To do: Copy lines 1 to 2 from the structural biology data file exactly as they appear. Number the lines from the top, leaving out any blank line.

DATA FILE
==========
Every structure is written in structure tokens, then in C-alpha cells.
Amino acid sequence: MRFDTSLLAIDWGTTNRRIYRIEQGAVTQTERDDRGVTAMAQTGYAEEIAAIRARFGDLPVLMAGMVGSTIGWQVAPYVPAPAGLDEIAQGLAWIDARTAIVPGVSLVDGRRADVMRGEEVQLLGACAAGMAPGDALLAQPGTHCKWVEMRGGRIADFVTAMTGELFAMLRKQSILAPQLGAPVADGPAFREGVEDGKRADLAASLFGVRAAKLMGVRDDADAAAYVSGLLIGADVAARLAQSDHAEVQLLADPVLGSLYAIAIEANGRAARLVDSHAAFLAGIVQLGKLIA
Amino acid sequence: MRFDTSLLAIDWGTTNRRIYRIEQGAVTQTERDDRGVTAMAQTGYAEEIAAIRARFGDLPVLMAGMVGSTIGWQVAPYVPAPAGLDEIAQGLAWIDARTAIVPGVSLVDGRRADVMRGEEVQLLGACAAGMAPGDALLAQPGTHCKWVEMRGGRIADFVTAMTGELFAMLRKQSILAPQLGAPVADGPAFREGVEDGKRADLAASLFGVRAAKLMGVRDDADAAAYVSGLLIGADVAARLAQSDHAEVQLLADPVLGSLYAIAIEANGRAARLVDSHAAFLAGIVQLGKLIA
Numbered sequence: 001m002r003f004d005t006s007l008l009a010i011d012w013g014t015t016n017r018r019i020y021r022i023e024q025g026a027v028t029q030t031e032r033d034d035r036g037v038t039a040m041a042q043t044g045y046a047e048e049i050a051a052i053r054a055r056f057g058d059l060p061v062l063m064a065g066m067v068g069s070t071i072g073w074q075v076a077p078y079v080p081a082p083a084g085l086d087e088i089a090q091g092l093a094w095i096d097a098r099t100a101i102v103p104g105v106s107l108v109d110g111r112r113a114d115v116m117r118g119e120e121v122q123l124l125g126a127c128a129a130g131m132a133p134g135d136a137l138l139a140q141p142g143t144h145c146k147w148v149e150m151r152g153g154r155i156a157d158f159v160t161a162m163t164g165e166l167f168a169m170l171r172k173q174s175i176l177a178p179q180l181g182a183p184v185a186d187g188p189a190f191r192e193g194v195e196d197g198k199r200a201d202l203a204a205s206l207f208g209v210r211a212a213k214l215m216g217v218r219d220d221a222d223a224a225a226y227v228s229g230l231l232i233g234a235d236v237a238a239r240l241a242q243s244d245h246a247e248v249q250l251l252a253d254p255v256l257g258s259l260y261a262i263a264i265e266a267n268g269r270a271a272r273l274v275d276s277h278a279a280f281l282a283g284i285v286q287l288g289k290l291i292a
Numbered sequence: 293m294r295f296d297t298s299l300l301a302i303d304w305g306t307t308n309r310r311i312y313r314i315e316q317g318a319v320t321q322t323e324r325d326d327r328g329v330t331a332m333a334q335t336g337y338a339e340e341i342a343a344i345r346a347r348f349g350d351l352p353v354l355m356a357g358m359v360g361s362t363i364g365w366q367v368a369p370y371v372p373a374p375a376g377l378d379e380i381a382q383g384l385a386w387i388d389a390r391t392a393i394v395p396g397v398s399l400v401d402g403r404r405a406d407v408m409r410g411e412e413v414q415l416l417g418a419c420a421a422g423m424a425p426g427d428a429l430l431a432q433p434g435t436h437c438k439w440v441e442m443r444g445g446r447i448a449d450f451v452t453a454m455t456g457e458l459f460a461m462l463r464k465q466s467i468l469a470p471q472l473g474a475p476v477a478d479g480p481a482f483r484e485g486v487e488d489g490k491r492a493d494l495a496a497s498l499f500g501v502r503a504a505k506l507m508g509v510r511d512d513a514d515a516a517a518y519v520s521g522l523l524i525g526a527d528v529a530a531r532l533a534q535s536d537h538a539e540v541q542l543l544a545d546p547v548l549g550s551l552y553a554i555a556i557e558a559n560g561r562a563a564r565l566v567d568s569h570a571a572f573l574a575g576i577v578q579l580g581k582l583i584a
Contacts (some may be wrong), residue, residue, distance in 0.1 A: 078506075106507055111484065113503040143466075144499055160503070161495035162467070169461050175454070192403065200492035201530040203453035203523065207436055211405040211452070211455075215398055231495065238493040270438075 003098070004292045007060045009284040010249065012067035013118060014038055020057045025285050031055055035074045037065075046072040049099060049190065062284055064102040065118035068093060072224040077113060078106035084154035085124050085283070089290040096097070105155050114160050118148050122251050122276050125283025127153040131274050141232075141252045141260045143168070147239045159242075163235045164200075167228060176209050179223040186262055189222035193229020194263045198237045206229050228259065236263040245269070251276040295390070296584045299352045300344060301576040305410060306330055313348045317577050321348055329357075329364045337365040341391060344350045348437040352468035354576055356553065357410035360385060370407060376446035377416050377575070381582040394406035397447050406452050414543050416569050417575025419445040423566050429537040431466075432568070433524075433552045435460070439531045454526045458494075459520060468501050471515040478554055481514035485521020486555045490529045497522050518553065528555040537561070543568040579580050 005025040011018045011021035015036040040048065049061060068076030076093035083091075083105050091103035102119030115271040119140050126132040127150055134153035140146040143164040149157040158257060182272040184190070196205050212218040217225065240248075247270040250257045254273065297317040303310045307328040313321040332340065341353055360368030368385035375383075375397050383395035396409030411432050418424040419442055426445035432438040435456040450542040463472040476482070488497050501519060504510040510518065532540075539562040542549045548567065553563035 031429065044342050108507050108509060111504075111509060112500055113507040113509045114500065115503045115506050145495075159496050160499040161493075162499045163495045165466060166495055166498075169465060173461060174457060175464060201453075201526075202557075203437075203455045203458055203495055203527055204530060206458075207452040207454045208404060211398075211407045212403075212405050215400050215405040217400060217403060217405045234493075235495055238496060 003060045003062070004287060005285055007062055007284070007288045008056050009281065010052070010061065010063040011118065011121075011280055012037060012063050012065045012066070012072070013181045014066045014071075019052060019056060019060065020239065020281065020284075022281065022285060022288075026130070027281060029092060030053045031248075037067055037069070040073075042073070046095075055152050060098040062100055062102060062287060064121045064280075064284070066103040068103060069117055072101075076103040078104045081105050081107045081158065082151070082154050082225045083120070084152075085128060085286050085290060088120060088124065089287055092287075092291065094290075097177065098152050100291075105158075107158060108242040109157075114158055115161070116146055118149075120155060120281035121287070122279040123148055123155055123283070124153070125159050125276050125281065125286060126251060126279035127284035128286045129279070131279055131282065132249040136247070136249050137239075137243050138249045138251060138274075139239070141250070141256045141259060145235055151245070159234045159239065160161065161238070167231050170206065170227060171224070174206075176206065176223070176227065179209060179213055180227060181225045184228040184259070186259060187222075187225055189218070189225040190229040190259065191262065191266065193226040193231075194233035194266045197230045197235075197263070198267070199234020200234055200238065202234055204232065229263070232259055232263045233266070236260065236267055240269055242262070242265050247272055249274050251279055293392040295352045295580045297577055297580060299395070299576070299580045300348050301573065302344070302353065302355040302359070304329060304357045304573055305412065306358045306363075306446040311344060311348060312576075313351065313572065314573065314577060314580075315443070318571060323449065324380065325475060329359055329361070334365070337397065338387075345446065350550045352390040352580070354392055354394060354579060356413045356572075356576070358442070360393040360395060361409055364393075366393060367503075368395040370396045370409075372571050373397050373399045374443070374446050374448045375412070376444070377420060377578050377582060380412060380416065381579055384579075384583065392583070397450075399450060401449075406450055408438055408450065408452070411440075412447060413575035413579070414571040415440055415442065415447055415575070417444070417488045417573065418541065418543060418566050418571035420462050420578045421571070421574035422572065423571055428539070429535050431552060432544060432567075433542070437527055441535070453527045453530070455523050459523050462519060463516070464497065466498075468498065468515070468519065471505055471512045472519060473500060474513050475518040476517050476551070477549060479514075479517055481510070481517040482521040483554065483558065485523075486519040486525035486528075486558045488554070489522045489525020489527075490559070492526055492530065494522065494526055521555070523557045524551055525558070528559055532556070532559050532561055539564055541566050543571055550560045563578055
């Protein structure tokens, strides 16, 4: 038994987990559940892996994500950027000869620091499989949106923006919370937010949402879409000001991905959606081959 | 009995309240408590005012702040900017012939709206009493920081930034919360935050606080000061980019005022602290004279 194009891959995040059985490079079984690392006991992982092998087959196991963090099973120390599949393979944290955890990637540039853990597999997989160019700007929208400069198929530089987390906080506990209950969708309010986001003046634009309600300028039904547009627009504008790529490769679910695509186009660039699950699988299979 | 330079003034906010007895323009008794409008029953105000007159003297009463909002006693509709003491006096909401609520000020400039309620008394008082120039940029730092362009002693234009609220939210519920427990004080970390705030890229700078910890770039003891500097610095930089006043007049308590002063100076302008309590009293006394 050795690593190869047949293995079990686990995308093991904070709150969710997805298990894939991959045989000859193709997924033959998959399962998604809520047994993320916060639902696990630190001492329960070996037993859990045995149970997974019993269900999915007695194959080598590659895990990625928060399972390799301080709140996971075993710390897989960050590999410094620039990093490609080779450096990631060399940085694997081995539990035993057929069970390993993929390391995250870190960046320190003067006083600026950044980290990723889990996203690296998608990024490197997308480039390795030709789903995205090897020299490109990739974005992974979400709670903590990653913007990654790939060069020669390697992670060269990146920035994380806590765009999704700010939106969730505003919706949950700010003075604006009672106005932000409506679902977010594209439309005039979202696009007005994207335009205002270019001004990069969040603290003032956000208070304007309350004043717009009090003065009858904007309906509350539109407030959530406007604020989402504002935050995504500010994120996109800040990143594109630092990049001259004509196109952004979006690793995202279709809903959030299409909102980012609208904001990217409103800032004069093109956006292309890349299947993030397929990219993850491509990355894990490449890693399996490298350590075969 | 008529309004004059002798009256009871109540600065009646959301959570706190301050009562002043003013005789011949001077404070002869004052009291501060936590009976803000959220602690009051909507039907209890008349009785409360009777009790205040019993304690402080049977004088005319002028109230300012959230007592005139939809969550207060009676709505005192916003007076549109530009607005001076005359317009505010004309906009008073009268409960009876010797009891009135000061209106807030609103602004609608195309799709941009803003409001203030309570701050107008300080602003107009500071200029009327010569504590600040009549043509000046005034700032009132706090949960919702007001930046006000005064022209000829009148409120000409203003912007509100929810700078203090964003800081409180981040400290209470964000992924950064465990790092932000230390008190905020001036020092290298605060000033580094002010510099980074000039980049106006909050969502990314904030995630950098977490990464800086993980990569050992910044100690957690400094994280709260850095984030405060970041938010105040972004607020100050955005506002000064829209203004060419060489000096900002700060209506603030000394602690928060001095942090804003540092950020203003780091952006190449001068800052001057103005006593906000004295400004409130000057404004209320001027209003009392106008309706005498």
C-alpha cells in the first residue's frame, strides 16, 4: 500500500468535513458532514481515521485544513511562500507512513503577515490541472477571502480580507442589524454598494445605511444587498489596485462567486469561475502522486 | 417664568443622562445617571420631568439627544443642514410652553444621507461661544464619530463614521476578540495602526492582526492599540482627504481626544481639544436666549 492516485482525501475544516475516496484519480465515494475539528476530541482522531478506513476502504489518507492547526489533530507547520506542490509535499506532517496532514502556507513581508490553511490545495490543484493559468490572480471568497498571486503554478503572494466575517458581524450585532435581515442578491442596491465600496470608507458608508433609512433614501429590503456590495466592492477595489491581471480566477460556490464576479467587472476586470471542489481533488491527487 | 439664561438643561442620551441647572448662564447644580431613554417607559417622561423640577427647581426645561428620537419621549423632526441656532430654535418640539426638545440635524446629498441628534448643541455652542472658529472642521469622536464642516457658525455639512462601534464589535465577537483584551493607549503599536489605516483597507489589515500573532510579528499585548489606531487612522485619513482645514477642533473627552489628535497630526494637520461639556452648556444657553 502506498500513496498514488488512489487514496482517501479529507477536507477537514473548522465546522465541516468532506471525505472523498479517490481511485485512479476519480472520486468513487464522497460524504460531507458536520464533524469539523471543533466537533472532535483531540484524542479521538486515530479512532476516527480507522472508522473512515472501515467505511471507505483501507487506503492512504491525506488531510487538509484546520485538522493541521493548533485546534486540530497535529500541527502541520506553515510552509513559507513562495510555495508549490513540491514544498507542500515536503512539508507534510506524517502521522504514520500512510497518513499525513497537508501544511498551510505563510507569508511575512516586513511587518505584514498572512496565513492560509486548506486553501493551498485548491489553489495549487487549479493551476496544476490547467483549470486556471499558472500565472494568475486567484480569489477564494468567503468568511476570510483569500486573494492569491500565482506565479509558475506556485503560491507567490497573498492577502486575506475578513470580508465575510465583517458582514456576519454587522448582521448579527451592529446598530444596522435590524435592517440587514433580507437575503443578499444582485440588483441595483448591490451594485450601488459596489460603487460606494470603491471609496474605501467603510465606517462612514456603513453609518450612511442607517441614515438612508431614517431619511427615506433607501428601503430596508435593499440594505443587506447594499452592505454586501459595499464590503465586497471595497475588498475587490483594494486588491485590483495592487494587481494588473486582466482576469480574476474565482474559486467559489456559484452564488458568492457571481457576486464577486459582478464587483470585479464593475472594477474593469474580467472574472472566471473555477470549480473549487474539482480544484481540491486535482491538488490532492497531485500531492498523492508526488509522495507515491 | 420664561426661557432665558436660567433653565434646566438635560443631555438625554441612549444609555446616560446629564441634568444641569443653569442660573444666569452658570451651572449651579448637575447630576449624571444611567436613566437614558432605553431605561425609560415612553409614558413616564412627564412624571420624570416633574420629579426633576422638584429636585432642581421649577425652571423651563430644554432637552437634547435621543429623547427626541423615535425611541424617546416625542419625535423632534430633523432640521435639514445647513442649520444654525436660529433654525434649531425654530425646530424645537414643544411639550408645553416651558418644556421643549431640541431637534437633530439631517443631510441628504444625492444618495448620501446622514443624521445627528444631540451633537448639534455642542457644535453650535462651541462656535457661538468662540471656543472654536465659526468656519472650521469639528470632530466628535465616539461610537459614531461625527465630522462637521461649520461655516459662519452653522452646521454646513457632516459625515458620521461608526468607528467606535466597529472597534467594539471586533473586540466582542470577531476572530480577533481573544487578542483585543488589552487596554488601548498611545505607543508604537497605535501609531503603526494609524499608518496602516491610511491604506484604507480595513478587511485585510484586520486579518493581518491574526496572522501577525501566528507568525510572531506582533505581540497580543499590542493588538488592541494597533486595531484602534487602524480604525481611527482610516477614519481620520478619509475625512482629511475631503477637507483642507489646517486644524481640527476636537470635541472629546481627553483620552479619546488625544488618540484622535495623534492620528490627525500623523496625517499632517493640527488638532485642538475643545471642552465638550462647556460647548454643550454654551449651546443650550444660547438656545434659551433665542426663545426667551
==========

Every structure is written in structure tokens, then in C-alpha cells.
Amino acid sequence: MRFDTSLLAIDWGTTNRRIYRIEQGAVTQTERDDRGVTAMAQTGYAEEIAAIRARFGDLPVLMAGMVGSTIGWQVAPYVPAPAGLDEIAQGLAWIDARTAIVPGVSLVDGRRADVMRGEEVQLLGACAAGMAPGDALLAQPGTHCKWVEMRGGRIADFVTAMTGELFAMLRKQSILAPQLGAPVADGPAFREGVEDGKRADLAASLFGVRAAKLMGVRDDADAAAYVSGLLIGADVAARLAQSDHAEVQLLADPVLGSLYAIAIEANGRAARLVDSHAAFLAGIVQLGKLIA